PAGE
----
RHA, Greek Green Cup reward environmentalism

Sammy Caiola

The Green Cup and Greek Green Cup, two competitions running throughout February, encourage students on all parts of campus to reduce water and energy use for this month and beyond.

The Green Cup has held competitions in dormitories since 2006 and is sponsored by Students for Ecological and Environmental Development, Facilities Management, Student Affairs and the Initiative for Sustainability and Energy at Northwestern. Since last year, Greek leaders have held a similar competition between fraternity and sorority houses. The board members of both cups collaborate in planning events, but scoring and prizes are handled separately.

“We definitely borrowed the concept from them,” said Matt Singer, a Weinberg junior and founder of Greek Green Cup. “Even though we’re not a SEED organization, we work with them a lot. There’s no hostile feelings about the two competitions. I would say they are different, but joint.”

This year’s tournaments kicked off with a speech from Professor Kim Grey about sustainability in urban design on Jan. 31.

In the Green Cup, residences with dining halls are judged separately from residences without them. Each week, facilities management assesses the amount of water and energy a dormitory has used and how much that number has decreased since the previous week. This percentage of reduction is compared to other dorms and points are awarded accordingly.

“The goal is to make people aware of the fact that their choices about usage can have a pretty big impact,” said Phil Dziedzic, a McCormick senior and Green Cup co-chair for SEED. “There are a lot of things that are specific to dorm living, and the goal is to change those habits over the course of a month.”

SEED has given presentations to Community Assistants on how to raise environmental awareness, and some residential communities have come up with their own ideas. Madeleine Steger, a Weinberg sophomore and the eco chair for 1835 Hinman, said that a “green munchies” with food from a local vegetarian restaurant is on the horizon, as is a fireside about green living.

“Green Cup started in the middle of a blizzard, so people were more concerned about that,” Steger said. “Hopefully as the month goes on, interest will go up. “

With some dining halls closed this week due to storm conditions, certain locations were forced to accommodate more students, which may have an effect on the amount of water and energy usage. Dziedzic said he is curious about the readings for the first week and will try to normalize any drastic differences.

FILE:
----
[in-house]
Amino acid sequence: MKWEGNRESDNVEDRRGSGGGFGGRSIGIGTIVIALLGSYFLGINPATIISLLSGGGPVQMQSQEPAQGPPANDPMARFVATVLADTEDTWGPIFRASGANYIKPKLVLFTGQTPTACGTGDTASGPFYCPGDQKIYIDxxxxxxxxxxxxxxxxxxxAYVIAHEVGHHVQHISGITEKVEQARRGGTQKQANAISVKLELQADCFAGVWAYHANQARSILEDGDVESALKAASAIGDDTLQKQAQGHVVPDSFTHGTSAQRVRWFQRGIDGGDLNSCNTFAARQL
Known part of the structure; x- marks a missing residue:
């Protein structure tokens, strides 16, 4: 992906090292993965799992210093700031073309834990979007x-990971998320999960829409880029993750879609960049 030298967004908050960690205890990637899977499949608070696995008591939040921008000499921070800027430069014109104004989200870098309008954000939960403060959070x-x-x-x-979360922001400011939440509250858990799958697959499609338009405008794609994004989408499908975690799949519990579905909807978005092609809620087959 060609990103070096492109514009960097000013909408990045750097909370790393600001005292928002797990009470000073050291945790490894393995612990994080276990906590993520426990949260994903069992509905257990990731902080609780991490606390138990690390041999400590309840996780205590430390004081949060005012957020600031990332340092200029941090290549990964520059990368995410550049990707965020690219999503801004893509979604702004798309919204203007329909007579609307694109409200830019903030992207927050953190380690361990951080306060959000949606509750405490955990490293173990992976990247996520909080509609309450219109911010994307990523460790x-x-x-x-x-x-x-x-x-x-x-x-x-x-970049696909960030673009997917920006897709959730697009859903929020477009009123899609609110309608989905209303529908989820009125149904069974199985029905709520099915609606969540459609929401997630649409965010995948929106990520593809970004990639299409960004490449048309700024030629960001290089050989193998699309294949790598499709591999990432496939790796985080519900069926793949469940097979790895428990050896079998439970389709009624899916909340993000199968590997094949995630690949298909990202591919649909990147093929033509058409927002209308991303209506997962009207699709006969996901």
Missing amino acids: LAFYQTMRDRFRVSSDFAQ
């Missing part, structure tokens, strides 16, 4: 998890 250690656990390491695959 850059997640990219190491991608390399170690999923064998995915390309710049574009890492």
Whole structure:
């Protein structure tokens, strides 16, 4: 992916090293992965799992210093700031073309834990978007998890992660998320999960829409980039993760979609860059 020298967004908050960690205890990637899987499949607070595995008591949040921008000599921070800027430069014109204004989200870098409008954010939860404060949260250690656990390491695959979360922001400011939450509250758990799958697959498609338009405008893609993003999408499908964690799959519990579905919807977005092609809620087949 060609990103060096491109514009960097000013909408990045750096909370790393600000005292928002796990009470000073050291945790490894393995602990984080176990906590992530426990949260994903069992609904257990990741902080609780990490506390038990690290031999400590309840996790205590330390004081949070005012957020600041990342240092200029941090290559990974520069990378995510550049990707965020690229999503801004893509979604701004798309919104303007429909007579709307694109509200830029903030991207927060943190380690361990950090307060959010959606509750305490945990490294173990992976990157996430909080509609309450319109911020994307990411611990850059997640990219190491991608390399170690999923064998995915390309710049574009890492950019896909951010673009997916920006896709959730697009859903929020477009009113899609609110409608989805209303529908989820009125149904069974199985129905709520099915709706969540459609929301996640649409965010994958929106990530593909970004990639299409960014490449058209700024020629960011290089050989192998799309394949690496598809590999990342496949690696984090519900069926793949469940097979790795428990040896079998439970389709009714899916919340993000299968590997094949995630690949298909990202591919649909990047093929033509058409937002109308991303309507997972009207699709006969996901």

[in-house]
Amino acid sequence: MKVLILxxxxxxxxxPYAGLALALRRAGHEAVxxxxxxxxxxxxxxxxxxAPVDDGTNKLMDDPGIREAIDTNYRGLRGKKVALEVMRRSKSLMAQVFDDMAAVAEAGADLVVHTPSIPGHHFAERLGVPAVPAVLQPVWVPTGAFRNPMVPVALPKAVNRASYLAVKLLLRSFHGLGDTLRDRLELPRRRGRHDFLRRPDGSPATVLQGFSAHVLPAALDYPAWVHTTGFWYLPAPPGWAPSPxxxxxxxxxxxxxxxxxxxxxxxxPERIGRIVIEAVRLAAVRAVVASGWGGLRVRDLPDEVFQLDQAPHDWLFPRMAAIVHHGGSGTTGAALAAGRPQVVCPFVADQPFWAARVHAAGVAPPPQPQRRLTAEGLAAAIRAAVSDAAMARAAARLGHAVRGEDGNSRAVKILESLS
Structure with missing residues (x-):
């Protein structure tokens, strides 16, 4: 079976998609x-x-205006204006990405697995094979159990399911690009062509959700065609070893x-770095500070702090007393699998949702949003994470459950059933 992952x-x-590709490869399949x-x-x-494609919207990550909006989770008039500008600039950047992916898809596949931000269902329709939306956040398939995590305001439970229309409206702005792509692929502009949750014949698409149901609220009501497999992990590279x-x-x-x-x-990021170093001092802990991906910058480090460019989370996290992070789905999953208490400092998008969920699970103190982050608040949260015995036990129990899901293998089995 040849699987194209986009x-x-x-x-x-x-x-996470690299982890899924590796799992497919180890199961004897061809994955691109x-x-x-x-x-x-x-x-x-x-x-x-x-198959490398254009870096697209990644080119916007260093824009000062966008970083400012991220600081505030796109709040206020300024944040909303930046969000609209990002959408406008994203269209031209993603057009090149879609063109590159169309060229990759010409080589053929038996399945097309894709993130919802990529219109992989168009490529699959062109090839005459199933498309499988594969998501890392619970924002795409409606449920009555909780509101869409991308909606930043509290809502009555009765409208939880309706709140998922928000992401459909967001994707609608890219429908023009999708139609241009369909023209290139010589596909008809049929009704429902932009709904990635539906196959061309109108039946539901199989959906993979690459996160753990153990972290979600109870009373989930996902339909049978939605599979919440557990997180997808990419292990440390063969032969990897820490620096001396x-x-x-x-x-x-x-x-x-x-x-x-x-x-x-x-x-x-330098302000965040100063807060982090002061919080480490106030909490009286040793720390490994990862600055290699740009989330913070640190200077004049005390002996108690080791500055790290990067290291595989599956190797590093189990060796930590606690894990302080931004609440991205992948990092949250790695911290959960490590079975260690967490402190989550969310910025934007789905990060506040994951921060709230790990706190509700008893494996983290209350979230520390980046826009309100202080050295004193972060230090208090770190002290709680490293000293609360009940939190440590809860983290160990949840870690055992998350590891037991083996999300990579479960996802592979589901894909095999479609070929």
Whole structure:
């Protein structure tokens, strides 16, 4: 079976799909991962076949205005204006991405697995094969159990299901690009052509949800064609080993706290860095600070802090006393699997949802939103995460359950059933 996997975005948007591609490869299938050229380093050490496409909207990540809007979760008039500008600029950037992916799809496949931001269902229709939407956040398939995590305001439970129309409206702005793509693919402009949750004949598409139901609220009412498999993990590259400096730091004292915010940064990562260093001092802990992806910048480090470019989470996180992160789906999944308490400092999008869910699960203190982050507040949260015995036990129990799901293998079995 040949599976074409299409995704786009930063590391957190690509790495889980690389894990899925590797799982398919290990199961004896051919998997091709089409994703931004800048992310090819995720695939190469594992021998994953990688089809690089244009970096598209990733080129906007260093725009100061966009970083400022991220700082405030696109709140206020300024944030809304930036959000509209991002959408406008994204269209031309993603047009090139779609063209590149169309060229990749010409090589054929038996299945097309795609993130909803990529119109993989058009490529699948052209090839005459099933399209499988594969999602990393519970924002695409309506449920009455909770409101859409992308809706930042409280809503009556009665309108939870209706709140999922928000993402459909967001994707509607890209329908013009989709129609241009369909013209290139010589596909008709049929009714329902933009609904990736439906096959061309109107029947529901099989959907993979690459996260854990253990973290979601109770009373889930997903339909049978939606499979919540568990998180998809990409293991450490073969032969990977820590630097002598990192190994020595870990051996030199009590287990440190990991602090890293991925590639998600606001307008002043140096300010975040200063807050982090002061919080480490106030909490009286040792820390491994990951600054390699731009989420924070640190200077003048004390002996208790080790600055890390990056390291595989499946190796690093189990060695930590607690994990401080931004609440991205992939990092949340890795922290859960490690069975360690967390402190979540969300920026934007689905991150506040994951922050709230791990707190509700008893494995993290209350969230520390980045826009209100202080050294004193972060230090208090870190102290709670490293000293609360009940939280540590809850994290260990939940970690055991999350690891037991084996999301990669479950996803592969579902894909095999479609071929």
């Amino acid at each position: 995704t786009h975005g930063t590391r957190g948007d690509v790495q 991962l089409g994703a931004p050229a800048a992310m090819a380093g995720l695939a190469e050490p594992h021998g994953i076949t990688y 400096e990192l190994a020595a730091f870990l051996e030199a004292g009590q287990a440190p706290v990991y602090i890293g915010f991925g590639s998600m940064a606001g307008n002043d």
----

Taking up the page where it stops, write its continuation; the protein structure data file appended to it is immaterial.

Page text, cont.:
“The figures for heat were probably higher this week, but once things clear up it will probably go back to normal,” Dziedzic said.

Residence Hall Association president Jesus Roman, a Weinberg sophomore, said that RHA is providing Green Cup water bottles for dormitory presidents to distribute at their discretion.

While winning dormitories have received cash prizes in the past, Dziedzic said SEED has contacted local environmentally-conscious restaurants about providing some kind of party.

Some students have taken individual initiatives to encourage their peers to live greener.

“I’m on a personal campaign to convince people to turn off the shower lights,” said Jeremy Rotner, a Weinberg freshman and PARC resident. “Even turning off lights saves a tremendous amount of energy. I’m just trying to get people to be a little more conscious. Global warming is real. People who don’t believe in it are morons.”

The Greek Green Cup differs in that it uses a tournament-style bracket system. The winner of the Greek Green Cup receives $600, but every team in the final four receives a cash prize.

Chapters can also earn “green points” for sustainable initiatives like recycling and using reusable products. There is a lot more camaraderie in the Greek Green Cup, said Singer, because chapters have control over resources that dormitories do not and can make house decisions about lighting, water and temperature changes.

“The main goals are two-fold,” Singer, a Weinberg junior, said. “First, we want to raise awareness of over-consumptive habits. During competitions, you’ll pick up habits that will carry on after the competition and cumulatively will make a very big impact on energy used.”

SamanthaCaiola2014@u.northwestern.edu

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